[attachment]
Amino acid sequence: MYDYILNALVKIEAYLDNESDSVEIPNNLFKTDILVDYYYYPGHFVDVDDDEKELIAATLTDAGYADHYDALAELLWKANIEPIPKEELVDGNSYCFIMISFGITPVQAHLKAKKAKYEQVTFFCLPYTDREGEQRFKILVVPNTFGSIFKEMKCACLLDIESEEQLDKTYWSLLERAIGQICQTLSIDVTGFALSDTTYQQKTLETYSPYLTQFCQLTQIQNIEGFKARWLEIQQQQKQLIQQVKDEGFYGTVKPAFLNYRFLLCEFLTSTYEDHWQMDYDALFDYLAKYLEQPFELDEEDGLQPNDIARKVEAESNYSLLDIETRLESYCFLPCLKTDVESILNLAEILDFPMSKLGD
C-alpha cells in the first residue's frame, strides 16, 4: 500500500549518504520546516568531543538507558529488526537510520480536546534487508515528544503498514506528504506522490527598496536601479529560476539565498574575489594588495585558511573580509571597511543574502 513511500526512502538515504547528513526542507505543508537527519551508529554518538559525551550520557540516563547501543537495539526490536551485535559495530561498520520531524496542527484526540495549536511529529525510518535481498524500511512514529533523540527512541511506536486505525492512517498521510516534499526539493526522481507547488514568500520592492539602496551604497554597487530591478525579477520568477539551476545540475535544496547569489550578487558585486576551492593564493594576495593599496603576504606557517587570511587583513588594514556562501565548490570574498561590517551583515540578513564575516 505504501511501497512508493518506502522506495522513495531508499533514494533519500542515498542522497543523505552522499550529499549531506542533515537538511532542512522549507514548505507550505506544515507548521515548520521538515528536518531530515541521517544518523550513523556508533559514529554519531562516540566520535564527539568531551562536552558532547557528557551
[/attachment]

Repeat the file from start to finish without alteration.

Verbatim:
Amino acid sequence: MYDYILNALVKIEAYLDNESDSVEIPNNLFKTDILVDYYYYPGHFVDVDDDEKELIAATLTDAGYADHYDALAELLWKANIEPIPKEELVDGNSYCFIMISFGITPVQAHLKAKKAKYEQVTFFCLPYTDREGEQRFKILVVPNTFGSIFKEMKCACLLDIESEEQLDKTYWSLLERAIGQICQTLSIDVTGFALSDTTYQQKTLETYSPYLTQFCQLTQIQNIEGFKARWLEIQQQQKQLIQQVKDEGFYGTVKPAFLNYRFLLCEFLTSTYEDHWQMDYDALFDYLAKYLEQPFELDEEDGLQPNDIARKVEAESNYSLLDIETRLESYCFLPCLKTDVESILNLAEILDFPMSKLGD
C-alpha cells in the first residue's frame, strides 16, 4: 500500500549518504520546516568531543538507558529488526537510520480536546534487508515528544503498514506528504506522490527598496536601479529560476539565498574575489594588495585558511573580509571597511543574502 513511500526512502538515504547528513526542507505543508537527519551508529554518538559525551550520557540516563547501543537495539526490536551485535559495530561498520520531524496542527484526540495549536511529529525510518535481498524500511512514529533523540527512541511506536486505525492512517498521510516534499526539493526522481507547488514568500520592492539602496551604497554597487530591478525579477520568477539551476545540475535544496547569489550578487558585486576551492593564493594576495593599496603576504606557517587570511587583513588594514556562501565548490570574498561590517551583515540578513564575516 505504501511501497512508493518506502522506495522513495531508499533514494533519500542515498542522497543523505552522499550529499549531506542533515537538511532542512522549507514548505507550505506544515507548521515548520521538515528536518531530515541521517544518523550513523556508533559514529554519531562516540566520535564527539568531551562536552558532547557528557551